As a writer, J.K. Rowling was always careful about her use of certain techniques when creating the Harry Potter series. She of course knew that the use of caps-lock in one's writing had the effect of making the reader think a character was SHOUTING AT THEM!
Sorry to blow up at you like that, but to show the point, Jo used all-caps sparingly to depict moments of extreme anger for her characters. Thing is - she's brilliant - so often times her characters are angry for more complex reasons than the obvious ones.
Take Severus Snape, arguably one of the most complex characters in the series.
In chapter 19 of Harry Potter and the Prisoner of Azkaban, Snape steps forward from the Invisibility Cloak and confronts Sirius Black, Professor Lupin and the trio in the Shreiking Shack. He then proceeds to freak out about three times.
First, when Hermione ventures a question of the greasy-haired Potions master as she might have done if they were in class...
“Miss Granger, you are already facing suspension from this school,” Snape spat. “You, Potter, and Weasley are out-of-bounds, in the company of a convicted murderer and a werewolf. For once in your life, hold your tongue.”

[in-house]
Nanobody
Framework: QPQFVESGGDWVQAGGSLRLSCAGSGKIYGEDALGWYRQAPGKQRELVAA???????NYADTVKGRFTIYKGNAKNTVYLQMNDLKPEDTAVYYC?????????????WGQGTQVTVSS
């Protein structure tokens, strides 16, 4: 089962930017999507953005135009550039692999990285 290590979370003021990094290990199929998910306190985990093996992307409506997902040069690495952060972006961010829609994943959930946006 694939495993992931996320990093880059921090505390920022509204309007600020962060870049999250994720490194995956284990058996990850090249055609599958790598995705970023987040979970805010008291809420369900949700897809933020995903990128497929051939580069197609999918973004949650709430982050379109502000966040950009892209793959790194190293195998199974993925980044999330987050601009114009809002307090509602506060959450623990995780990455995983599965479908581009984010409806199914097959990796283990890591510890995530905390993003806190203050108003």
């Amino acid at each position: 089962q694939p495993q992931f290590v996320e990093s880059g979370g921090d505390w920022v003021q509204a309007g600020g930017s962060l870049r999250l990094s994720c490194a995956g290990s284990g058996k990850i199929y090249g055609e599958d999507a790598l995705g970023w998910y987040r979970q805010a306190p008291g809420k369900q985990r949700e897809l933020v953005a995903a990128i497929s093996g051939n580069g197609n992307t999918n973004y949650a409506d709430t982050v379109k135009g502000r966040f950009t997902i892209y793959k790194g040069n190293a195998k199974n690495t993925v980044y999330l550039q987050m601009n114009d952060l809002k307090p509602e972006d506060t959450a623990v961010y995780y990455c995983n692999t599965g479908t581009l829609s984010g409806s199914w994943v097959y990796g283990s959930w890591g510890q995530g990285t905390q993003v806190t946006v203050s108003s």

“But if — if there was a mistake —”
“KEEP QUIET, YOU STUPID GIRL!” Snape shouted, looking suddenly quite deranged. “DON’T TALK ABOUT WHAT YOU DON’T UNDERSTAND!” A few sparks shot out of the end of his wand, which was still pointed at Black’s face. Hermione fell silent. (US Edition p. 359-360)
After this display, Harry's own frustration begins to build (and he goes caps-lock too!) but once he does, Snape responds right back with an anger we rarely see from him in the series:
“SILENCE! I WILL NOT BE SPOKEN TO LIKE THAT!” Snape shrieked, looking madder than ever. “Like father, like son, Potter! I have just saved your neck; you should be thanking me on bended knee! You would have been well served if he’d killed you! You’d have died like your father, too arrogant to believe you might be mistaken in Black — now get out of the way, or I will make you. GET OUT OF THE WAY, POTTER!” (US Edition p. 361)
Given Snape's screaming of the words like "keep quiet" and "silence" maybe Snape just gets very irritated hearing the voices of children! In all seriousness though, what are the main reasons for Snape's rage in this scene? Is he frightened for Harry, Ron and Hermione's livelihoods because he believes they are in the presence of a real killer (Sirius)?, is he disgusted to simply be in the presence of two childhood bullies from the past, or is he particularly demented in this sequence because he believes he's finally come head to head with the chief betrayer of Lily Potter?
For more answers to this question, check out the Alohomora! podcast question of the week! And for further reading about Snape's anger we recommend this essay written by hpboy13.
05-25-2013 at 11:20 AM